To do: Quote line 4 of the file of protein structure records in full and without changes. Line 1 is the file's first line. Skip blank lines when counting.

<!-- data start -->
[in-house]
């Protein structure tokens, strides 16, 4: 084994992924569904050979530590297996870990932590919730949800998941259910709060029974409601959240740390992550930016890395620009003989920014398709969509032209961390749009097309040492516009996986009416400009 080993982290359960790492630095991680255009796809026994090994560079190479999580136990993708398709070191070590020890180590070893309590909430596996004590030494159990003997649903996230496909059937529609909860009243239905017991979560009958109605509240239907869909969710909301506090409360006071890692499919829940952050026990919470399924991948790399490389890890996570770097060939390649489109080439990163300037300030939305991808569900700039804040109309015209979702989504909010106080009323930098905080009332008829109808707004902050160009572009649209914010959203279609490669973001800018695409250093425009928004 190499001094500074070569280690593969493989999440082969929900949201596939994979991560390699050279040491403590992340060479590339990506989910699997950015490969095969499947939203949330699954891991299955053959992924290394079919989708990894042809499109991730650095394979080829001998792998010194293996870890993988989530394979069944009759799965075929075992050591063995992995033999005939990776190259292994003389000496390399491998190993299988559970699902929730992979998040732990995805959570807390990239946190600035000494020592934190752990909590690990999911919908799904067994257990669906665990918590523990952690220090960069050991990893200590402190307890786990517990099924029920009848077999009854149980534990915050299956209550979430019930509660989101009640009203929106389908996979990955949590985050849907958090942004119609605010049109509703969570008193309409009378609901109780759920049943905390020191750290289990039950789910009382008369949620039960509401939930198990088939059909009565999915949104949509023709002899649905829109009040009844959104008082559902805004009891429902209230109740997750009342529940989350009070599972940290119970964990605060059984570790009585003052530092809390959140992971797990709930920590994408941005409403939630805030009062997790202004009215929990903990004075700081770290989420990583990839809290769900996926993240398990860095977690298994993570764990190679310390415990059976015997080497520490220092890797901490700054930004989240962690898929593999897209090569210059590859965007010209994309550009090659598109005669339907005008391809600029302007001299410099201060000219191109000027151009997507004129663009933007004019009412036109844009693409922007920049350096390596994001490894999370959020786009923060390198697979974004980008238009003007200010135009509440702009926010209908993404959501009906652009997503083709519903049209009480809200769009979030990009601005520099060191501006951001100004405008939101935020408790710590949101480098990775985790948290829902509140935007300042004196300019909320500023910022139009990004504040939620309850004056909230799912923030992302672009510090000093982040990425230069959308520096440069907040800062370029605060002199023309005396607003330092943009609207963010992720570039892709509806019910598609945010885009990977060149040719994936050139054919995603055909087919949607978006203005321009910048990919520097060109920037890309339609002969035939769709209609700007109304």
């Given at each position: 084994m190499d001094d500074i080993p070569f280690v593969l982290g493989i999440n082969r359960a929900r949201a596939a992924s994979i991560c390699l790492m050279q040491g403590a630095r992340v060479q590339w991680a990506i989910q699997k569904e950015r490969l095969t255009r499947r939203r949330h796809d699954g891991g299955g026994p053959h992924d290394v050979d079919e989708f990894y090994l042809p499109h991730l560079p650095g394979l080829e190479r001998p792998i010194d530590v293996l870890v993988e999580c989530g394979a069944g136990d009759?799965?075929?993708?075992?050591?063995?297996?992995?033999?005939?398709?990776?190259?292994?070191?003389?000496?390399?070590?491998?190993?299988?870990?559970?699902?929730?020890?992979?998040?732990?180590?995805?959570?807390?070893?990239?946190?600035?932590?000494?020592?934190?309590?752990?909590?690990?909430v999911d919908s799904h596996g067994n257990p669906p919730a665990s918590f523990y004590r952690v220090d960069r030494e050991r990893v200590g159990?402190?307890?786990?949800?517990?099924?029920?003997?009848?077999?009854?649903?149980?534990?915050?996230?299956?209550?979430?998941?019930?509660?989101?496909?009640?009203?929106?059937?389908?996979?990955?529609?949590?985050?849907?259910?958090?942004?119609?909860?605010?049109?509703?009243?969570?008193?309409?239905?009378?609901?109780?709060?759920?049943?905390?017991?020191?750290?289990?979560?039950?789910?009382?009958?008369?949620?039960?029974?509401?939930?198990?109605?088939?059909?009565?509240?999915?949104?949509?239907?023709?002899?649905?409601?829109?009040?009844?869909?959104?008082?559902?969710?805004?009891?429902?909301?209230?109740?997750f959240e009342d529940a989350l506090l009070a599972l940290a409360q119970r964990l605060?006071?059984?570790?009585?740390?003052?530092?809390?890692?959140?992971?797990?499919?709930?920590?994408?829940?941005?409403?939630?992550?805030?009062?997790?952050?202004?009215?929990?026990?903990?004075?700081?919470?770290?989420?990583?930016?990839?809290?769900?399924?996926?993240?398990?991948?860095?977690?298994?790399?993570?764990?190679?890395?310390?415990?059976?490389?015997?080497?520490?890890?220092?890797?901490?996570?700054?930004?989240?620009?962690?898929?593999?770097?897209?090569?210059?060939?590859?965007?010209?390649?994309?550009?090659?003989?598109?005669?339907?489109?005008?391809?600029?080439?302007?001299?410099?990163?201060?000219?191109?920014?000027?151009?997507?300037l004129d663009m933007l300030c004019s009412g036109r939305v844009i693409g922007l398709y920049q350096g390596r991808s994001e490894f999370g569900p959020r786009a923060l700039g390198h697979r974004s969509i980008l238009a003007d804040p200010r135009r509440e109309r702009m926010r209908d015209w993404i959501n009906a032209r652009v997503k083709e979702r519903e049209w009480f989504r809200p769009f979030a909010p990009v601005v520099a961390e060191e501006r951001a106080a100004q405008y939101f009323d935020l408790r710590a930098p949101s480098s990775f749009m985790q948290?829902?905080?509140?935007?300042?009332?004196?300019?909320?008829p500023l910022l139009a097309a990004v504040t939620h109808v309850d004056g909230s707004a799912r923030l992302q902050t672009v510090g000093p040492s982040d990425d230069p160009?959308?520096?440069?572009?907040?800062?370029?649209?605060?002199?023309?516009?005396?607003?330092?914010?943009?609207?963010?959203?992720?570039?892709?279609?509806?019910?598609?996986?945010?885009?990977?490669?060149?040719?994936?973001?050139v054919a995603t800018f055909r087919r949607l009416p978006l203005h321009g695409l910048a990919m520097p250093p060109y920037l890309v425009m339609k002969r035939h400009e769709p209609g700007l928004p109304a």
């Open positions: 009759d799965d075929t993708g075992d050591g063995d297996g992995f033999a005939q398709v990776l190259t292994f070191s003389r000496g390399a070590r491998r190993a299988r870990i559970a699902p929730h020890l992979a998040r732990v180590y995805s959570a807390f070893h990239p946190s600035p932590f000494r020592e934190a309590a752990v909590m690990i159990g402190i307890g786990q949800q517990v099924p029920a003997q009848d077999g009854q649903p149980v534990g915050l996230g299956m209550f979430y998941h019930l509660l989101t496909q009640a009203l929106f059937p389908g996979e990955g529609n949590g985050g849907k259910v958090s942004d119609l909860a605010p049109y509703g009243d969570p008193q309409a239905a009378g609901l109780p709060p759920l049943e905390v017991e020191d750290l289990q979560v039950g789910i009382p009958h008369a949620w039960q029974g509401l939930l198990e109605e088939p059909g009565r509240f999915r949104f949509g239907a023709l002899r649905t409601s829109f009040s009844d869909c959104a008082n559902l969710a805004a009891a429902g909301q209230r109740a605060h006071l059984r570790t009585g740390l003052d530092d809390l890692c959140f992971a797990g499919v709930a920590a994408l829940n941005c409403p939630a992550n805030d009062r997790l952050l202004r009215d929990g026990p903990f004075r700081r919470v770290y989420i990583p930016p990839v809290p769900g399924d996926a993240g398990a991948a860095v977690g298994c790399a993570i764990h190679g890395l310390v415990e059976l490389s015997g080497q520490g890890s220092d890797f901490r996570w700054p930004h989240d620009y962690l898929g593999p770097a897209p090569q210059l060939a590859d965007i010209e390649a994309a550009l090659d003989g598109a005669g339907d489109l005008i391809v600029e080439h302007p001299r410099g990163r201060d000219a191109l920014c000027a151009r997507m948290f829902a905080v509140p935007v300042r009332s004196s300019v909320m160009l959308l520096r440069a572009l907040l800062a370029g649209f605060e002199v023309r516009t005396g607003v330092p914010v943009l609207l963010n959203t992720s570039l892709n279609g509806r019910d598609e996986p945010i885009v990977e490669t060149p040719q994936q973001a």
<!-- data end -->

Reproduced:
């Open positions: 009759d799965d075929t993708g075992d050591g063995d297996g992995f033999a005939q398709v990776l190259t292994f070191s003389r000496g390399a070590r491998r190993a299988r870990i559970a699902p929730h020890l992979a998040r732990v180590y995805s959570a807390f070893h990239p946190s600035p932590f000494r020592e934190a309590a752990v909590m690990i159990g402190i307890g786990q949800q517990v099924p029920a003997q009848d077999g009854q649903p149980v534990g915050l996230g299956m209550f979430y998941h019930l509660l989101t496909q009640a009203l929106f059937p389908g996979e990955g529609n949590g985050g849907k259910v958090s942004d119609l909860a605010p049109y509703g009243d969570p008193q309409a239905a009378g609901l109780p709060p759920l049943e905390v017991e020191d750290l289990q979560v039950g789910i009382p009958h008369a949620w039960q029974g509401l939930l198990e109605e088939p059909g009565r509240f999915r949104f949509g239907a023709l002899r649905t409601s829109f009040s009844d869909c959104a008082n559902l969710a805004a009891a429902g909301q209230r109740a605060h006071l059984r570790t009585g740390l003052d530092d809390l890692c959140f992971a797990g499919v709930a920590a994408l829940n941005c409403p939630a992550n805030d009062r997790l952050l202004r009215d929990g026990p903990f004075r700081r919470v770290y989420i990583p930016p990839v809290p769900g399924d996926a993240g398990a991948a860095v977690g298994c790399a993570i764990h190679g890395l310390v415990e059976l490389s015997g080497q520490g890890s220092d890797f901490r996570w700054p930004h989240d620009y962690l898929g593999p770097a897209p090569q210059l060939a590859d965007i010209e390649a994309a550009l090659d003989g598109a005669g339907d489109l005008i391809v600029e080439h302007p001299r410099g990163r201060d000219a191109l920014c000027a151009r997507m948290f829902a905080v509140p935007v300042r009332s004196s300019v909320m160009l959308l520096r440069a572009l907040l800062a370029g649209f605060e002199v023309r516009t005396g607003v330092p914010v943009l609207l963010n959203t992720s570039l892709n279609g509806r019910d598609e996986p945010i885009v990977e490669t060149p040719q994936q973001a």